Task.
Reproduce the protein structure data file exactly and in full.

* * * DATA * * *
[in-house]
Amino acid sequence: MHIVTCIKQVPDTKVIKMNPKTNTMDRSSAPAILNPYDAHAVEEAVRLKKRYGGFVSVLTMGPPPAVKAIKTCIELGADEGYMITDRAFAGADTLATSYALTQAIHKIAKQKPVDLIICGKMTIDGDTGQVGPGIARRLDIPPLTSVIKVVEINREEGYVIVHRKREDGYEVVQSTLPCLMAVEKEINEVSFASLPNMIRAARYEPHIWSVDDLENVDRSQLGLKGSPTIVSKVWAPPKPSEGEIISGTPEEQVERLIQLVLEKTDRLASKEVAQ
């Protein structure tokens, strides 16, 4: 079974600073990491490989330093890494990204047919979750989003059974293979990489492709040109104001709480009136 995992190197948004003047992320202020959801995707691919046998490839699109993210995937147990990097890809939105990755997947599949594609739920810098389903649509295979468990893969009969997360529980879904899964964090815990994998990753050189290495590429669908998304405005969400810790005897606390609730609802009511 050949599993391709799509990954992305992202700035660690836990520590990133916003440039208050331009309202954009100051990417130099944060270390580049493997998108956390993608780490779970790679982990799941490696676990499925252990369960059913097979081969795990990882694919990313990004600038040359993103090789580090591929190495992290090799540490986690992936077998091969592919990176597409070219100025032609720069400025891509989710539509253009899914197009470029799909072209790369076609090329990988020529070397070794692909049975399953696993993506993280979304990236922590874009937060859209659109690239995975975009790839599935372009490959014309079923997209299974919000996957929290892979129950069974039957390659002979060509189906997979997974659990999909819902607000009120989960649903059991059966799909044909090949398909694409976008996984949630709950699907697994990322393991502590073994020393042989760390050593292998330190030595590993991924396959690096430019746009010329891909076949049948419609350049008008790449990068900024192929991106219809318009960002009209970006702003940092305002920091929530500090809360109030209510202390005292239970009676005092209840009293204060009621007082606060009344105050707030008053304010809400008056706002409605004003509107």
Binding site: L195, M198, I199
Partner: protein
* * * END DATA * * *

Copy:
[in-house]
Amino acid sequence: MHIVTCIKQVPDTKVIKMNPKTNTMDRSSAPAILNPYDAHAVEEAVRLKKRYGGFVSVLTMGPPPAVKAIKTCIELGADEGYMITDRAFAGADTLATSYALTQAIHKIAKQKPVDLIICGKMTIDGDTGQVGPGIARRLDIPPLTSVIKVVEINREEGYVIVHRKREDGYEVVQSTLPCLMAVEKEINEVSFASLPNMIRAARYEPHIWSVDDLENVDRSQLGLKGSPTIVSKVWAPPKPSEGEIISGTPEEQVERLIQLVLEKTDRLASKEVAQ
């Protein structure tokens, strides 16, 4: 079974600073990491490989330093890494990204047919979750989003059974293979990489492709040109104001709480009136 995992190197948004003047992320202020959801995707691919046998490839699109993210995937147990990097890809939105990755997947599949594609739920810098389903649509295979468990893969009969997360529980879904899964964090815990994998990753050189290495590429669908998304405005969400810790005897606390609730609802009511 050949599993391709799509990954992305992202700035660690836990520590990133916003440039208050331009309202954009100051990417130099944060270390580049493997998108956390993608780490779970790679982990799941490696676990499925252990369960059913097979081969795990990882694919990313990004600038040359993103090789580090591929190495992290090799540490986690992936077998091969592919990176597409070219100025032609720069400025891509989710539509253009899914197009470029799909072209790369076609090329990988020529070397070794692909049975399953696993993506993280979304990236922590874009937060859209659109690239995975975009790839599935372009490959014309079923997209299974919000996957929290892979129950069974039957390659002979060509189906997979997974659990999909819902607000009120989960649903059991059966799909044909090949398909694409976008996984949630709950699907697994990322393991502590073994020393042989760390050593292998330190030595590993991924396959690096430019746009010329891909076949049948419609350049008008790449990068900024192929991106219809318009960002009209970006702003940092305002920091929530500090809360109030209510202390005292239970009676005092209840009293204060009621007082606060009344105050707030008053304010809400008056706002409605004003509107």
Binding site: L195, M198, I199
Partner: protein